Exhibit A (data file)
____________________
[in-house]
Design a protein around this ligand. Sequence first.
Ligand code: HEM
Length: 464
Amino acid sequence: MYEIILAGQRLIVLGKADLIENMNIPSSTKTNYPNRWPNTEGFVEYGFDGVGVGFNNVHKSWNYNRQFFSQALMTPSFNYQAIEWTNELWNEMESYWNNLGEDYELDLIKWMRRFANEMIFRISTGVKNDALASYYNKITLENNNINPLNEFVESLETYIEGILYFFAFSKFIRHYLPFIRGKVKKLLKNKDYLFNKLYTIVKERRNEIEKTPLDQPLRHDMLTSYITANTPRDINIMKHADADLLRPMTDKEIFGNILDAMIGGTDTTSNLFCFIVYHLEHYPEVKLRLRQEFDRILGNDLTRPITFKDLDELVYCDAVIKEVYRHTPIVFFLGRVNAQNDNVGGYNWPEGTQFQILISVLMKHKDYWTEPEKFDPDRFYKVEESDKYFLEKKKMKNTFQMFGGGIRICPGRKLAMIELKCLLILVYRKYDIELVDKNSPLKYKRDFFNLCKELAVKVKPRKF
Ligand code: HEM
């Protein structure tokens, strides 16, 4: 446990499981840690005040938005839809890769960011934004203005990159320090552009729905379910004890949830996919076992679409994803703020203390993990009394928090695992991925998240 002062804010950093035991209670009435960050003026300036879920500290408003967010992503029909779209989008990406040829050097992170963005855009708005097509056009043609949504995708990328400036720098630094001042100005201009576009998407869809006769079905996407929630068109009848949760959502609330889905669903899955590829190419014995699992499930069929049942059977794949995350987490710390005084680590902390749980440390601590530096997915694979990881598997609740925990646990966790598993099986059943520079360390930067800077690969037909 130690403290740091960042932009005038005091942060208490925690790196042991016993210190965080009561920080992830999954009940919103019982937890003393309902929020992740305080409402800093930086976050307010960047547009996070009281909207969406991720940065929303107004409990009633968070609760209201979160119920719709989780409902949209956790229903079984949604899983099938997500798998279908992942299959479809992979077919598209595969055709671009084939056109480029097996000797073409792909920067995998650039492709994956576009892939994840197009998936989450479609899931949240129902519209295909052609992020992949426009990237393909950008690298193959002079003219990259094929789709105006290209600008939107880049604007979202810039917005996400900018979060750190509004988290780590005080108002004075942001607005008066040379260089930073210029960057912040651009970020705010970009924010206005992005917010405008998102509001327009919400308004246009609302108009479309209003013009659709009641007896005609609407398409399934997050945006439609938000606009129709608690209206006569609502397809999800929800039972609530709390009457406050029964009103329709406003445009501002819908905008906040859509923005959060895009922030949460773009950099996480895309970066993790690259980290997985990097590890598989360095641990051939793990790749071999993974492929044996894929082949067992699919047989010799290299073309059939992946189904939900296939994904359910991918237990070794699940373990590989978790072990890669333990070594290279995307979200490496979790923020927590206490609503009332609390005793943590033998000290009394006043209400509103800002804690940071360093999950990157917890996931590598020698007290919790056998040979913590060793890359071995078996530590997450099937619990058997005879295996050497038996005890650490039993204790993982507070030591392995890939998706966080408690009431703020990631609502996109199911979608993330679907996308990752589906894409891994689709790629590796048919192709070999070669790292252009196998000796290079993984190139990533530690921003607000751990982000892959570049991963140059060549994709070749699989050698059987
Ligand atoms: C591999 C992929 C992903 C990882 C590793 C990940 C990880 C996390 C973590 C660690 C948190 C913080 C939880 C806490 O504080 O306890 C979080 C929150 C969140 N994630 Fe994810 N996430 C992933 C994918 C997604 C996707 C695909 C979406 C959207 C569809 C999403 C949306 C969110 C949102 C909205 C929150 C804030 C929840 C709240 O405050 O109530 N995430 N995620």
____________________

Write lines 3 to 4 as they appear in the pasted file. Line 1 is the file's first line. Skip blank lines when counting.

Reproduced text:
Ligand code: HEM
Length: 464